Law new can mean a number of things but at the core it is about benefiting clients. The best way to do this is by embracing technology and finding ways of delivering legal services that are cost effective and focused on process. It’s also about deploying staff in a non-traditional way such as using contract lawyers, managing teams and outsourcing. It’s about being more fluid and collaborative just as competitors in other industries do.
For example, GM, Ford and Honda routinely collaborate on research and development projects as part of their business strategies. They have even formed joint ventures with some of their rivals. It’s time that law firms began doing the same.
A few years ago, law firms started to think in terms of “new law” as a means to save costs and deliver value. This was done by reducing overhead, cutting salaries and moving work to lower cost locations. This was the beginning of a change in focus that is now looking at new models of delivering legal services.
This is an important trend in a profession that has traditionally been seen as risk averse and resistant to change. This is a major shift that needs to take place in order for the legal industry to meet the challenges of the 21st century.
New law will be shaped by two principal sources: large scale legal buyer activism; and corporate Goliaths that have the brand, capital, know-how, customer-centricity, data mastery, tech platforms and agile, multidisciplinary workforces to disrupt the industry. Legal buyers are increasingly demanding that their vendors bring significant value to them and their customers, reduce cost of service, improve performance, eliminate waste, drive productivity and free up management time and resources to pursue new business opportunities.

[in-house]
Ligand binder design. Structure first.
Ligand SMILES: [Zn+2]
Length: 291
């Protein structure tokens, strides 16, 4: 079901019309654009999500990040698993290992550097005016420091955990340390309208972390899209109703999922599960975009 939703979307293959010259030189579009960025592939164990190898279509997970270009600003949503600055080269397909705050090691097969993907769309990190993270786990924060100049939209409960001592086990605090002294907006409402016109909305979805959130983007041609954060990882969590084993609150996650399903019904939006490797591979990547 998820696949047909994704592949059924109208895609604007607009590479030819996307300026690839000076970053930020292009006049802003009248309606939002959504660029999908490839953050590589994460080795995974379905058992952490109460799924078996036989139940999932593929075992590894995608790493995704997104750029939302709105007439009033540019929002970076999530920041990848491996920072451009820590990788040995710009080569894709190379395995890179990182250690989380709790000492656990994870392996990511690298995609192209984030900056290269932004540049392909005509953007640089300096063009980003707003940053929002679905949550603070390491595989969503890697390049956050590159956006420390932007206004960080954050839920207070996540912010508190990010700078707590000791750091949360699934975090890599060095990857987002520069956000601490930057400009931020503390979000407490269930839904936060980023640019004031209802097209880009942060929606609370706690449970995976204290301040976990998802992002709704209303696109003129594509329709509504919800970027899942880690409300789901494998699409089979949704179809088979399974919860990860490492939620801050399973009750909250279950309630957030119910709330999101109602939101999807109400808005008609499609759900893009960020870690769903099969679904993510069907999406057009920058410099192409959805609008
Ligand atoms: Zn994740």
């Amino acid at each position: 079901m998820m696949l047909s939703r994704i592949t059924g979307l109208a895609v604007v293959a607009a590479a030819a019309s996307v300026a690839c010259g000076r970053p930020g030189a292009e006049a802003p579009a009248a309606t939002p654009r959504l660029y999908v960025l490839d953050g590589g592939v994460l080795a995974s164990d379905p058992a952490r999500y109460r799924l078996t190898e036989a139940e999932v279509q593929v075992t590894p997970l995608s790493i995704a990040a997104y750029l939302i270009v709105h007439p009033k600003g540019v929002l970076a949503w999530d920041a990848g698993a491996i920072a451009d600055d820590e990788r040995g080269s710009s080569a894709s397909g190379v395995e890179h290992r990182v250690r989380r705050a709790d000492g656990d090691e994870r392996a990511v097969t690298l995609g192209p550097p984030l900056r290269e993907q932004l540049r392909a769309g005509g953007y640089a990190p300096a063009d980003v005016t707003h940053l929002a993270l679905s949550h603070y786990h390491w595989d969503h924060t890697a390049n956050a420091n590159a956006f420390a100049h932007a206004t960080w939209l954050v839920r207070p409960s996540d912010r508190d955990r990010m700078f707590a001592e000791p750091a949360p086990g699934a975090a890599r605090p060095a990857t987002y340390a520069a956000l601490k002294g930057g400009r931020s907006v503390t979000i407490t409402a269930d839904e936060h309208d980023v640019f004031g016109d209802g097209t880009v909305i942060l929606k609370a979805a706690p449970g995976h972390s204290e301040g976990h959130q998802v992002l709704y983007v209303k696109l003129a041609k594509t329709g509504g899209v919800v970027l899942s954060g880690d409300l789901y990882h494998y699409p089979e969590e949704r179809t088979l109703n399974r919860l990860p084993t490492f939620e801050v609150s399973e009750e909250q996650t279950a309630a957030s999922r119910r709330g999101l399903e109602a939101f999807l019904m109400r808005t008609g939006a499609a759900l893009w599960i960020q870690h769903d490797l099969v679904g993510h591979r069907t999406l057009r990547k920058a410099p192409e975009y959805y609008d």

The New Laws were a series of legislative reforms passed by the Spanish government in 1542. The reforms were designed to address issues relating to the treatment of native peoples, encomienda grants, and reorganize the overseas colonial administration.
The New Laws stipulated that encomienda grants could not be inherited by descendants and prohibited enslavement of Indians. The New Laws were opposed by encomenderos, who feared that the new laws would allow their slaves to demand freedom and revolt against them. In response, Viceroy Blasco Nunez Vela created a general captainship to ensure that the New Laws were enforced. Despite this, the New Laws did not fully abolish slavery in the colonial world. However, they did reduce the amount of enslavement that took place in America and were a significant step towards eventual abolition. The New Laws also established fierce defences of the rights of indigenous peoples. The New Laws were a crucial turning point in the history of colonization. The New Laws also established a stricter standard for the conquest of new territories, ensuring that the colonizers treated indigenous peoples with the same respect that they were accorded in Spain. This was a crucial first step towards protecting the rights of indigenous peoples all over the globe.